(Reuters) - Cameco Corp (CCO.TO) (CCJ.N), the world’s second-biggest uranium producer, posted a bigger-than-expected quarterly loss, partly hurt by the termination of a key sales contract, driving shares to a nearly five-month low.
The stock fell more than 9 percent in Toronto trading to C$12.92, even though Cameco maintained its full-year guidance for deliveries and revenue.
Tokyo Electric Power (Tepco) (9501.T), the operator of Japan’s wrecked Fukushima nuclear plant, scrapped its uranium supply contract with Cameco, the company said in February.
The Canadian company said its loss was also related to weak uranium prices amid a prolonged glut, tracing back to the 2011 tsunami in Japan which shut all of that country’s nuclear reactors. A few have since restarted.
“We’re managing through the uncertainty, but even low-cost operations like ours, face pressure,” Chief Executive Tim Gitzel said in a statement.
Spot prices of uranium, used to fuel nuclear reactors, dipped to a 13-year low late last year and have rebounded modestly in 2017.
“While the market will view the earnings miss as a negative, we point out that Cameco maintained its guidance across the board,” said Rob Chang, analyst at Cantor Fitzgerald.
Its sales have historically been weighted to the last two quarters, when it is likely to get a higher price, he said.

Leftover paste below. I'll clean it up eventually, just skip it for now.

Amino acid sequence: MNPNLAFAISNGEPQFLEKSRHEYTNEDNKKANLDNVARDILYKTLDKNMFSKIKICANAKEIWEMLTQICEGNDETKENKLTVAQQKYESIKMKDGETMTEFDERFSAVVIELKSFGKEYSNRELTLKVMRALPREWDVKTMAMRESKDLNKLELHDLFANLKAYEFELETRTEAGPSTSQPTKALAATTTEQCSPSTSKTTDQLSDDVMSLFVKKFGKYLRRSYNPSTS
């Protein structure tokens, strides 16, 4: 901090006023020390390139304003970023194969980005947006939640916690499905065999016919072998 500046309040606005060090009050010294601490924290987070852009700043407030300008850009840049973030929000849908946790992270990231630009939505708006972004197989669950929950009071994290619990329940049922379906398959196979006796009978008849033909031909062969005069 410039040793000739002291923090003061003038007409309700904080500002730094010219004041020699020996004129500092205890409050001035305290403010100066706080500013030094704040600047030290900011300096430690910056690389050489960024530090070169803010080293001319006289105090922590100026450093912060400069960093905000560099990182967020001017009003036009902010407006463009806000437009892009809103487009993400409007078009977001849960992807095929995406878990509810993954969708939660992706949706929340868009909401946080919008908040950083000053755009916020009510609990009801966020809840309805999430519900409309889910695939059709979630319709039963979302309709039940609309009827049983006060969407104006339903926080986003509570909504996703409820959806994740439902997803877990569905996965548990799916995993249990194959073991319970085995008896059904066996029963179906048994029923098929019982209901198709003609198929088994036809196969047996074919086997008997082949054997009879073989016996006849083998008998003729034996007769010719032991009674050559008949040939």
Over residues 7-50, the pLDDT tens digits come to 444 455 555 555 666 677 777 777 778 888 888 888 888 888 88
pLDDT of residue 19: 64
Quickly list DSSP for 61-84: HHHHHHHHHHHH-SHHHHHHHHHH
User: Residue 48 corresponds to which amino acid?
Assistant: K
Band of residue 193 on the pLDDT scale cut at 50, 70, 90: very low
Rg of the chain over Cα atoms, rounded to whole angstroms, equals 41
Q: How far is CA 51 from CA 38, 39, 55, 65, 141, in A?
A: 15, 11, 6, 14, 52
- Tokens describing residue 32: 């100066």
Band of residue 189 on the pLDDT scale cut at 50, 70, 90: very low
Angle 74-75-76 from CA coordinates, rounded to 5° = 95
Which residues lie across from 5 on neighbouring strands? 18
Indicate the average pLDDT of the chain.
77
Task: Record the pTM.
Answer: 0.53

The selloff looked like “nervous money” getting out of the stock, as the slumping uranium sector is slowly recovering, said Brian Madden, portfolio manager at Goodreid Investment Counsel, which owns the stock.
The industry continues to be oversupplied, but less so than previously, Madden said. The biggest global producer Kazatomprom[KZTPR.UL] said in January it would cut uranium output by 10 percent.
Cameco said severance costs and a strengthening Canadian dollar also weighed on its first-quarter results.
The net loss was C$18 million ($13 million), or 5 Canadian cents per share, in the first quarter, compared with a profit of C$78 million, or 20 Canadian cents per share, a year earlier.
Excluding items, the company lost 7 Canadian cents per share, bigger than the average analyst estimate of 1 Canadian cent, according to Thomson Reuters I/B/E/S.
Revenue at the Saskatoon, Saskatchewan-based company fell nearly 4 percent to C$393 million, with declines stemmed by high revenue from its Nukem unit, which is a nuclear fuel broker.
Analysts had expected revenue of C$372.345 million.
Additional reporting by Muvija M in Bengaluru; Editing by Maju Samuel and Bernadette Baum